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Gloucestershire Business News

Hot weather yields serious long-term impact for farmers

Farmers producing the nation's food will face long-term consequences from the summer's heatwave, according to a Gloucestershire-based expert.

The warning comes just days after the NFU (National Union of Famers) hosted an emergency drought summit with representatives from Defra, the Environment Agency (EA), Natural England, the RPA and other farming organisations.

Dr Nicola Cannon, a principal lecturer in Agronomy at the Royal Agricultural University (RAU), said the drought would affect farmers crops and livestock nutrition.

"The extreme heat and very dry conditions are affecting agriculture in many ways and the impact of this extreme weather is going to be felt for months to come.

"The most important months for crop growth in the United Kingdom are May to August as temperatures, day length and weather are normally optimal for plant growth.

"Arable crops are generally being reported as about 20 per cent down on normal yields."

Speaking at the NFU summit Minette Batters, the union's president, told those present, including the Secretary of State for Food and the Environment Michael Gove: "The impacts of the dry and hot weather have been hugely challenging for many farms across the country, with many not seeing such weather in their lifetimes.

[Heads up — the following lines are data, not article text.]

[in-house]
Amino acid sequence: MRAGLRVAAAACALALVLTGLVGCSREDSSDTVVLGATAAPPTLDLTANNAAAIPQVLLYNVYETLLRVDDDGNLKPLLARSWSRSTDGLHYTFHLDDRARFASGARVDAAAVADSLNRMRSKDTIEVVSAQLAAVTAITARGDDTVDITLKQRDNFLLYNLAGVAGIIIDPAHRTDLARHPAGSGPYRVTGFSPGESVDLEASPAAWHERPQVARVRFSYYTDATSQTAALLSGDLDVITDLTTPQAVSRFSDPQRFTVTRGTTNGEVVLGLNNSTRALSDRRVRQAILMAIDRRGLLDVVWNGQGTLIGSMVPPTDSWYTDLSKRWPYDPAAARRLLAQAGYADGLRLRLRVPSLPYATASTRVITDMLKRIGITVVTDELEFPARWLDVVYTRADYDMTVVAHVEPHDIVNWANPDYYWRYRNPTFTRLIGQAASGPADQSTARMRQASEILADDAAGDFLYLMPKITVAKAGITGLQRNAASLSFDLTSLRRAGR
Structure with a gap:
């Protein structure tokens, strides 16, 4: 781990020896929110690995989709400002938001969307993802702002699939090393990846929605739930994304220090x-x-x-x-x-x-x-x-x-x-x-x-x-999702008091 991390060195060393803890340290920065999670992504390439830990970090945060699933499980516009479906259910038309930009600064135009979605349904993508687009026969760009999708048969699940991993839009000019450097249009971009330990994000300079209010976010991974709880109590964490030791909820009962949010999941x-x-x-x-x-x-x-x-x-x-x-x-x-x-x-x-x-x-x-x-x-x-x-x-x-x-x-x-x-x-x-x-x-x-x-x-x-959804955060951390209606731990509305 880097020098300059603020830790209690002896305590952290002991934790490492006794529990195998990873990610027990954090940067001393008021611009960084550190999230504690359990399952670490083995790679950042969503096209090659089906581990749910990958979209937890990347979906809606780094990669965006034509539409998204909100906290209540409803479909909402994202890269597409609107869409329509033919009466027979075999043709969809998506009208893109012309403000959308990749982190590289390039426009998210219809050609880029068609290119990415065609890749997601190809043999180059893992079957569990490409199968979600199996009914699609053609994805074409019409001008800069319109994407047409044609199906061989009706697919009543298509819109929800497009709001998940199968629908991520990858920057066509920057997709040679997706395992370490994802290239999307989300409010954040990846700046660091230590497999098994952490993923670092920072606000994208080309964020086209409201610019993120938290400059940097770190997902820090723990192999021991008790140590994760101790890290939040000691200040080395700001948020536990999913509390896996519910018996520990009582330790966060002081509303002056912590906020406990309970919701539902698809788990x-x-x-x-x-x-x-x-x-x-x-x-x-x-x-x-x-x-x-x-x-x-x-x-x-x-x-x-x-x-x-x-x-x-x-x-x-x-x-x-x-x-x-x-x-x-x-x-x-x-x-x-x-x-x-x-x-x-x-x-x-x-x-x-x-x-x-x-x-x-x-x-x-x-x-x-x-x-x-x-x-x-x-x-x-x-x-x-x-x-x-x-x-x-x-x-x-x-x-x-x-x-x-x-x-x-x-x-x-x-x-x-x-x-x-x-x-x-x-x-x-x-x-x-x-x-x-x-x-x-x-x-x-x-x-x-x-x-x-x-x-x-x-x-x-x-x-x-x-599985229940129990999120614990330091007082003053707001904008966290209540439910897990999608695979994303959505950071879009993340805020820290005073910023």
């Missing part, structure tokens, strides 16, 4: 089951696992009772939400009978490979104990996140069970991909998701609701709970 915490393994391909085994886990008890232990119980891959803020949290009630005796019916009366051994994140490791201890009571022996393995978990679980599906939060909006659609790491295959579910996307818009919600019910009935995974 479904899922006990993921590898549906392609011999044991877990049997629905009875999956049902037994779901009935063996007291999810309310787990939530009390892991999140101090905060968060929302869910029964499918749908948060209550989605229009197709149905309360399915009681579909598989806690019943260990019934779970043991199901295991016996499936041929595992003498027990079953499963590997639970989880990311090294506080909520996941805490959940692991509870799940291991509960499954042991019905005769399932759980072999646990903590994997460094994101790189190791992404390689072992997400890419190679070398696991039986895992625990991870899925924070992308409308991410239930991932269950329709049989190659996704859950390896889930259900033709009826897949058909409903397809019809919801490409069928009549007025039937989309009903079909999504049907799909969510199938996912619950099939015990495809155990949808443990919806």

"As we move towards a new domestic agricultural policy it's vital that market failure and volatility are treated seriously alongside productivity and delivering for the environment."

Dr Cannon added: "Many farmers with livestock on their farm are really struggling as there is insufficient grass and forage currently growing to meet their nutritional requirements.

"This has serious implications as not only is it an extra job to feed livestock now but also they are currently eating the food that was being preserved for winter feeding.

"This is creating uncertainty about what livestock will eat later in the year. Not only this, but grass and other forage crops have had very limited regrowth following first silage cut meaning there is little available to take subsequent cuts to store for winter feed.

"Whilst most of the arable crops for 2018 have now completed the majority of their growing and have either already been harvested or are ripening up for harvest, fruit and vegetable growers are really suffering.

"Water for irrigation has almost run out and temperatures have been so high in the day that it can be difficult to apply water without damaging the plants.

"Harvest is earlier than usual as crops died off prematurely due to water stress. Oilseeds and grains have been harvested at very low moisture contents, and so have not required drying, but this means that farmers have lower yields to sell as there is less water retained in the crop.

"The challenge for UK farmers is knowing what weather is likely to occur in a season and it changes year by year.

"It's now time to look ahead to the 2019 harvest and the first fields of oilseed rape would normally be planted from 15 August. However, where soils are so dry it can require greater quantities of fuel and power to cultivate the soil and there is such limited moisture in the soil that any seed planted is unlikely to germinate quickly.

"That means it is more prone to pest problems, often has reduced vigour and uneven establishment - if it can establish at all."

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